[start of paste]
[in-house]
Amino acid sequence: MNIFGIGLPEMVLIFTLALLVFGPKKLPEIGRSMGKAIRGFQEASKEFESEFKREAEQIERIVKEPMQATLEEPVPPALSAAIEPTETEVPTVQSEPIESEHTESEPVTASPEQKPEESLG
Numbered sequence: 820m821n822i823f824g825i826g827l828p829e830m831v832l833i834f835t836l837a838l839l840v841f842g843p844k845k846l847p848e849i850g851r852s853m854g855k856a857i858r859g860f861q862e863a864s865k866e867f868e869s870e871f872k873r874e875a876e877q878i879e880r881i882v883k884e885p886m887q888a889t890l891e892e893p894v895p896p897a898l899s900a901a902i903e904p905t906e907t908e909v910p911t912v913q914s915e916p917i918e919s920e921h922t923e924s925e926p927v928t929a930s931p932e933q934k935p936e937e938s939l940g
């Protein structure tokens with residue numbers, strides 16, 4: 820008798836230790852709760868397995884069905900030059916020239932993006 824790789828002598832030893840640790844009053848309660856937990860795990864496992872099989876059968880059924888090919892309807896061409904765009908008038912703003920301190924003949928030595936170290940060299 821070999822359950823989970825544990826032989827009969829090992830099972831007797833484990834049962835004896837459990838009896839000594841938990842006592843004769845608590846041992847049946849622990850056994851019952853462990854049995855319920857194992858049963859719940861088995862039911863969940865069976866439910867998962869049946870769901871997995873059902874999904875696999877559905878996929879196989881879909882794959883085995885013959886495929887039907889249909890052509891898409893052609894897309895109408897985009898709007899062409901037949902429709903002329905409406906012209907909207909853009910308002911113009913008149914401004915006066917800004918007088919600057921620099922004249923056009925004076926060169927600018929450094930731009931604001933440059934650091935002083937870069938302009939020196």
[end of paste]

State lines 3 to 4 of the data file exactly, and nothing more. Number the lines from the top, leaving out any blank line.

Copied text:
Numbered sequence: 820m821n822i823f824g825i826g827l828p829e830m831v832l833i834f835t836l837a838l839l840v841f842g843p844k845k846l847p848e849i850g851r852s853m854g855k856a857i858r859g860f861q862e863a864s865k866e867f868e869s870e871f872k873r874e875a876e877q878i879e880r881i882v883k884e885p886m887q888a889t890l891e892e893p894v895p896p897a898l899s900a901a902i903e904p905t906e907t908e909v910p911t912v913q914s915e916p917i918e919s920e921h922t923e924s925e926p927v928t929a930s931p932e933q934k935p936e937e938s939l940g
């Protein structure tokens with residue numbers, strides 16, 4: 820008798836230790852709760868397995884069905900030059916020239932993006 824790789828002598832030893840640790844009053848309660856937990860795990864496992872099989876059968880059924888090919892309807896061409904765009908008038912703003920301190924003949928030595936170290940060299 821070999822359950823989970825544990826032989827009969829090992830099972831007797833484990834049962835004896837459990838009896839000594841938990842006592843004769845608590846041992847049946849622990850056994851019952853462990854049995855319920857194992858049963859719940861088995862039911863969940865069976866439910867998962869049946870769901871997995873059902874999904875696999877559905878996929879196989881879909882794959883085995885013959886495929887039907889249909890052509891898409893052609894897309895109408897985009898709007899062409901037949902429709903002329905409406906012209907909207909853009910308002911113009913008149914401004915006066917800004918007088919600057921620099922004249923056009925004076926060169927600018929450094930731009931604001933440059934650091935002083937870069938302009939020196």